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Causal Discovery and Causality-Inspired Machine Learning
Biwei Huang · Sara Magliacane · Kun Zhang · Danielle Belgrave · Elias Bareinboim · Daniel Malinsky · Thomas Richardson · Christopher Meek · Peter Spirtes · Bernhard Schölkopf

Fri Dec 11 06:50 AM -- 04:50 PM (PST) @ None
Event URL: https://www.cmu.edu/dietrich/causality/neurips20ws/ »

Causality is a fundamental notion in science and engineering, and one of the fundamental problems in the field is how to find the causal structure or the underlying causal model. For instance, one focus of this workshop is on causal discovery, i.e., how can we discover causal structure over a set of variables from observational data with automated procedures? Another area of interest is how a causal perspective may help understand and solve advanced machine learning problems.

Recent years have seen impressive progress in theoretical and algorithmic developments of causal discovery from various types of data (e.g., from i.i.d. data, under distribution shifts or in nonstationary settings, under latent confounding or selection bias, or with missing data), as well as in practical applications (such as in neuroscience, climate, biology, and epidemiology). However, many practical issues, including confounding, the large scale of the data, the presence of measurement error, and complex causal mechanisms, are still to be properly addressed, to achieve reliable causal discovery in practice.

Moreover, causality-inspired machine learning (in the context of transfer learning, reinforcement learning, deep learning, etc.) leverages ideas from causality to improve generalization, robustness, interpretability, and sample efficiency and is attracting more and more interest in Machine Learning (ML) and Artificial Intelligence. Despite the benefit of the causal view in transfer learning and reinforcement learning, some tasks in ML, such as dealing with adversarial attacks and learning disentangled representations, are closely related to the causal view but are currently underexplored, and cross-disciplinary efforts may facilitate the anticipated progress.

This workshop aims to provide a forum for discussion for researchers and practitioners in machine learning, statistics, healthcare, and other disciplines to share their recent research in causal discovery and to explore the possibility of interdisciplinary collaboration. We also particularly encourage real applications, such as in neuroscience, biology, and climate science, of causal discovery methods.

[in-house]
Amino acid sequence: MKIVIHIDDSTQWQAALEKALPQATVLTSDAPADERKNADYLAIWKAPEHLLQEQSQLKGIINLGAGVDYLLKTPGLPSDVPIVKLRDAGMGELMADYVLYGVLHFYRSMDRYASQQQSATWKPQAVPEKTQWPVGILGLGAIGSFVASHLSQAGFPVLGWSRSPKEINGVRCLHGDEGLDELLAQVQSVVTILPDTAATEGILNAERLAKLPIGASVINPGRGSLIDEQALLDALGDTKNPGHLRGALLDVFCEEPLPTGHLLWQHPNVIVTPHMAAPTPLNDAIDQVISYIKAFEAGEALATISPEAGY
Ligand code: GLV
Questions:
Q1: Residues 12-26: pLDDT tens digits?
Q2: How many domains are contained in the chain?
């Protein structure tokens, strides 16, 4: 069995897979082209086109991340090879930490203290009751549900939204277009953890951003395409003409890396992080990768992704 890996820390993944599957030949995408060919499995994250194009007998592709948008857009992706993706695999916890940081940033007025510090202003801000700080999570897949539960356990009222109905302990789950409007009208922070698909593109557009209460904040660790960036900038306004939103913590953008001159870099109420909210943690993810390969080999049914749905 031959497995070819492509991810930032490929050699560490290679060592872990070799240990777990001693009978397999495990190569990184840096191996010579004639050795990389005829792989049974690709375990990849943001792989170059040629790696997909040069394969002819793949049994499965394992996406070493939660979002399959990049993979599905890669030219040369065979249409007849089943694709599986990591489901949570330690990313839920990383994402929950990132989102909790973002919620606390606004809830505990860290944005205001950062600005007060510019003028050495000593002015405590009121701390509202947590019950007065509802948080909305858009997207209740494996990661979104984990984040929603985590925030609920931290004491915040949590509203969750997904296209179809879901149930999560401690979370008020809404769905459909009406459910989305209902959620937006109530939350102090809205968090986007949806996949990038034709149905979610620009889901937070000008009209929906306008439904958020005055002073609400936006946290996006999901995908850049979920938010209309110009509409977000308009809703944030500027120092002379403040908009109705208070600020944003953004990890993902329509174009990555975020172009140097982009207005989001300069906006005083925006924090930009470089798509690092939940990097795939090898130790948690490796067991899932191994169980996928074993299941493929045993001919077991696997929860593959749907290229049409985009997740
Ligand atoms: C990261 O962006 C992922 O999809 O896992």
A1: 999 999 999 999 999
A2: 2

Fri 6:50 a.m. - 7:00 a.m.
Opening Remarks (Opening remarks)
Fri 8:10 a.m. - 8:40 a.m.
Coffee break (Break)
Fri 9:30 a.m. - 10:00 a.m.
Coffee break (Break)
Fri 10:30 a.m. - 11:30 a.m.
Poster Session 1 (poster session)
Fri 11:30 a.m. - 12:00 p.m.
Coffee Break (Break)
Fri 1:00 p.m. - 1:30 p.m.
Coffee Break (Break)
Fri 2:10 p.m. - 2:40 p.m.
Coffee Break (Break)
Fri 3:40 p.m. - 4:40 p.m.
Poster Session 2 (poster session)
Fri 4:40 p.m. - 4:50 p.m.
Closing Remarks (closing remarks)
Keynotes: Clark Glymour (Invited talk)
Clark Glymour
Keynotes: James Robins (Invited talk)
james m robins
Keynotes: Caroline Uhler (Invited talk)
Caroline Uhler
Keynotes: Dominik Janzing (Invited talk)
Dominik Janzing
Keynotes: Shohei Shimizu (Invited talk)
Shohei Shimizu
Keynotes: Karthika Mohan (Invited talk)
Karthika Mohan
Keynotes: Aapo Hyvärinen (Invited talk)
Aapo Hyvarinen
Oral: Debarun Bhattacharjya (Oral talk)
Debarun Bhattacharjya
Oral: Ignavier Ng (Oral talk)
Ignavier Ng
Oral: Tineke Blom (Oral talk)
Tineke Blom
Oral: Panayiotis Benos (Oral talk)
Takis Benos

Author Information

Biwei Huang (Carnegie Mellon University)
Sara Magliacane (MIT-IBM Watson AI Lab, IBM Research)
Kun Zhang (CMU)
Danielle Belgrave (Microsoft Research)
Elias Bareinboim (Columbia University)
Daniel Malinsky (Johns Hopkins University)
Thomas Richardson (University of Washington)
Christopher Meek (Microsoft Research)
Peter Spirtes (Carnegie Mellon University)
Bernhard Schölkopf (MPI for Intelligent Systems, Tübingen)

Bernhard Scholkopf received degrees in mathematics (London) and physics (Tubingen), and a doctorate in computer science from the Technical University Berlin. He has researched at AT&T Bell Labs, at GMD FIRST, Berlin, at the Australian National University, Canberra, and at Microsoft Research Cambridge (UK). In 2001, he was appointed scientific member of the Max Planck Society and director at the MPI for Biological Cybernetics; in 2010 he founded the Max Planck Institute for Intelligent Systems. For further information, see www.kyb.tuebingen.mpg.de/~bs.

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